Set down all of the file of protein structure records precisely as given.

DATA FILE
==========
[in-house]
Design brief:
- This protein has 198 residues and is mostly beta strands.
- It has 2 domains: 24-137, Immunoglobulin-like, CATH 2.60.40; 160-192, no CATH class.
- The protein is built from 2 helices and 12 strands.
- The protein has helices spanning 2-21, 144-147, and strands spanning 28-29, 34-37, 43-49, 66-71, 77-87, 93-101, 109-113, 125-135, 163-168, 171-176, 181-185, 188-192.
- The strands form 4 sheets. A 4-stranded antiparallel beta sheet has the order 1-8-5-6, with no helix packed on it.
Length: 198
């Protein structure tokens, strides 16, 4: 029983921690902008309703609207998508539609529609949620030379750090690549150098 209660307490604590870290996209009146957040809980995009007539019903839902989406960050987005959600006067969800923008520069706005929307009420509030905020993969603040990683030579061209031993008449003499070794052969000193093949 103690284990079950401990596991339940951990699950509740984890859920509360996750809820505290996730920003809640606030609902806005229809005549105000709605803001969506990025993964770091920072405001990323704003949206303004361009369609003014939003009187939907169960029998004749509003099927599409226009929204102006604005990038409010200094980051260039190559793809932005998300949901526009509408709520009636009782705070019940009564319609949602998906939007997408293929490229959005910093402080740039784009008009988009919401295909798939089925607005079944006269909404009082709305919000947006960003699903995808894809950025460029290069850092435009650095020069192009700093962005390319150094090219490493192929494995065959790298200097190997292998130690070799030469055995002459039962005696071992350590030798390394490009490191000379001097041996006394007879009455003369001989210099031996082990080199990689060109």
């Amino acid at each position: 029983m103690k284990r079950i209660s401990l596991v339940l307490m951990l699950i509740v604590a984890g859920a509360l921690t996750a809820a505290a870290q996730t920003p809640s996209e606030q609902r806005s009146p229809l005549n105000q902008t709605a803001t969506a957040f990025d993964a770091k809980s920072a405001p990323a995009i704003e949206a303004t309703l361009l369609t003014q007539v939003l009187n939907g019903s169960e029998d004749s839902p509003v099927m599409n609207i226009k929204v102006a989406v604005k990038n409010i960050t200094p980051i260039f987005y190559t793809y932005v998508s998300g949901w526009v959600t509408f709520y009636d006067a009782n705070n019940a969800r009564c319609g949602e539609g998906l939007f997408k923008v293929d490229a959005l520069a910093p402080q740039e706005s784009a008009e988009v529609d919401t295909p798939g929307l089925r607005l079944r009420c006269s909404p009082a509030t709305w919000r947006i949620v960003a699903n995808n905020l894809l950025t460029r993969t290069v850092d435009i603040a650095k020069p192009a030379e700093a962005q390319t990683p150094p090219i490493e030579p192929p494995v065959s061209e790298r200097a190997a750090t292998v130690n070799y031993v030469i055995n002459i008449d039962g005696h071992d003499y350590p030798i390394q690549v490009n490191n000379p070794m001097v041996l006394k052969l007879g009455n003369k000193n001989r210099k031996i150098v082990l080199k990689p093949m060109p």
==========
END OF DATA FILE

[in-house]
Design brief:
- This protein has 198 residues and is mostly beta strands.
- It has 2 domains: 24-137, Immunoglobulin-like, CATH 2.60.40; 160-192, no CATH class.
- The protein is built from 2 helices and 12 strands.
- The protein has helices spanning 2-21, 144-147, and strands spanning 28-29, 34-37, 43-49, 66-71, 77-87, 93-101, 109-113, 125-135, 163-168, 171-176, 181-185, 188-192.
- The strands form 4 sheets. A 4-stranded antiparallel beta sheet has the order 1-8-5-6, with no helix packed on it.
Length: 198
């Protein structure tokens, strides 16, 4: 029983921690902008309703609207998508539609529609949620030379750090690549150098 209660307490604590870290996209009146957040809980995009007539019903839902989406960050987005959600006067969800923008520069706005929307009420509030905020993969603040990683030579061209031993008449003499070794052969000193093949 103690284990079950401990596991339940951990699950509740984890859920509360996750809820505290996730920003809640606030609902806005229809005549105000709605803001969506990025993964770091920072405001990323704003949206303004361009369609003014939003009187939907169960029998004749509003099927599409226009929204102006604005990038409010200094980051260039190559793809932005998300949901526009509408709520009636009782705070019940009564319609949602998906939007997408293929490229959005910093402080740039784009008009988009919401295909798939089925607005079944006269909404009082709305919000947006960003699903995808894809950025460029290069850092435009650095020069192009700093962005390319150094090219490493192929494995065959790298200097190997292998130690070799030469055995002459039962005696071992350590030798390394490009490191000379001097041996006394007879009455003369001989210099031996082990080199990689060109």
């Amino acid at each position: 029983m103690k284990r079950i209660s401990l596991v339940l307490m951990l699950i509740v604590a984890g859920a509360l921690t996750a809820a505290a870290q996730t920003p809640s996209e606030q609902r806005s009146p229809l005549n105000q902008t709605a803001t969506a957040f990025d993964a770091k809980s920072a405001p990323a995009i704003e949206a303004t309703l361009l369609t003014q007539v939003l009187n939907g019903s169960e029998d004749s839902p509003v099927m599409n609207i226009k929204v102006a989406v604005k990038n409010i960050t200094p980051i260039f987005y190559t793809y932005v998508s998300g949901w526009v959600t509408f709520y009636d006067a009782n705070n019940a969800r009564c319609g949602e539609g998906l939007f997408k923008v293929d490229a959005l520069a910093p402080q740039e706005s784009a008009e988009v529609d919401t295909p798939g929307l089925r607005l079944r009420c006269s909404p009082a509030t709305w919000r947006i949620v960003a699903n995808n905020l894809l950025t460029r993969t290069v850092d435009i603040a650095k020069p192009a030379e700093a962005q390319t990683p150094p090219i490493e030579p192929p494995v065959s061209e790298r200097a190997a750090t292998v130690n070799y031993v030469i055995n002459i008449d039962g005696h071992d003499y350590p030798i390394q690549v490009n490191n000379p070794m001097v041996l006394k052969l007879g009455n003369k000193n001989r210099k031996i150098v082990l080199k990689p093949m060109p």